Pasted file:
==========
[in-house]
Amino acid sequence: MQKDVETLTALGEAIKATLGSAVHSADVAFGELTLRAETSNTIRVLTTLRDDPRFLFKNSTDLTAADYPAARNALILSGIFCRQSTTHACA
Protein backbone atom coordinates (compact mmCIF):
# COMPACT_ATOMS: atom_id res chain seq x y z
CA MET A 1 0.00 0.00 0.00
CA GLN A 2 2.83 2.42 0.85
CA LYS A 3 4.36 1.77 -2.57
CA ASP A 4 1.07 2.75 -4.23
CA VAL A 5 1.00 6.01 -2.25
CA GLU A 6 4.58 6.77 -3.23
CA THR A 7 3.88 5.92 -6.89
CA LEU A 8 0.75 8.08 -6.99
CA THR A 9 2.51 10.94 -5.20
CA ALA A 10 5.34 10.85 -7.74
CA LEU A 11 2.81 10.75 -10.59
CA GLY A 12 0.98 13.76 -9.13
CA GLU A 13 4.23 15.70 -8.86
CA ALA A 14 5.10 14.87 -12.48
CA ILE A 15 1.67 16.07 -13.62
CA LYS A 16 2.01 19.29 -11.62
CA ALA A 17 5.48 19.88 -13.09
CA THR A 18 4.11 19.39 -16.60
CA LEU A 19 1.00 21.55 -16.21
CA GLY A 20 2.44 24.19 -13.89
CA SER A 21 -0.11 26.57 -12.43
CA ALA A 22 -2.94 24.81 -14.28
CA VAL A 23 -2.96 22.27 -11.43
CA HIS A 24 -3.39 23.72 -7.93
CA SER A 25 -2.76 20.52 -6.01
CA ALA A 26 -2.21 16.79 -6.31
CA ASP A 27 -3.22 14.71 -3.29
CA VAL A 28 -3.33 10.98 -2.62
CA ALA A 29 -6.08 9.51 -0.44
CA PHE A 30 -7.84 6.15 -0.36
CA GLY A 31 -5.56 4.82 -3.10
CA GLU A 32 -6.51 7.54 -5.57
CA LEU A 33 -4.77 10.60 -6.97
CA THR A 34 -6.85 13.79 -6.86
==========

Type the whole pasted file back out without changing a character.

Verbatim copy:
[in-house]
Amino acid sequence: MQKDVETLTALGEAIKATLGSAVHSADVAFGELTLRAETSNTIRVLTTLRDDPRFLFKNSTDLTAADYPAARNALILSGIFCRQSTTHACA
Protein backbone atom coordinates (compact mmCIF):
# COMPACT_ATOMS: atom_id res chain seq x y z
CA MET A 1 0.00 0.00 0.00
CA GLN A 2 2.83 2.42 0.85
CA LYS A 3 4.36 1.77 -2.57
CA ASP A 4 1.07 2.75 -4.23
CA VAL A 5 1.00 6.01 -2.25
CA GLU A 6 4.58 6.77 -3.23
CA THR A 7 3.88 5.92 -6.89
CA LEU A 8 0.75 8.08 -6.99
CA THR A 9 2.51 10.94 -5.20
CA ALA A 10 5.34 10.85 -7.74
CA LEU A 11 2.81 10.75 -10.59
CA GLY A 12 0.98 13.76 -9.13
CA GLU A 13 4.23 15.70 -8.86
CA ALA A 14 5.10 14.87 -12.48
CA ILE A 15 1.67 16.07 -13.62
CA LYS A 16 2.01 19.29 -11.62
CA ALA A 17 5.48 19.88 -13.09
CA THR A 18 4.11 19.39 -16.60
CA LEU A 19 1.00 21.55 -16.21
CA GLY A 20 2.44 24.19 -13.89
CA SER A 21 -0.11 26.57 -12.43
CA ALA A 22 -2.94 24.81 -14.28
CA VAL A 23 -2.96 22.27 -11.43
CA HIS A 24 -3.39 23.72 -7.93
CA SER A 25 -2.76 20.52 -6.01
CA ALA A 26 -2.21 16.79 -6.31
CA ASP A 27 -3.22 14.71 -3.29
CA VAL A 28 -3.33 10.98 -2.62
CA ALA A 29 -6.08 9.51 -0.44
CA PHE A 30 -7.84 6.15 -0.36
CA GLY A 31 -5.56 4.82 -3.10
CA GLU A 32 -6.51 7.54 -5.57
CA LEU A 33 -4.77 10.60 -6.97
CA THR A 34 -6.85 13.79 -6.86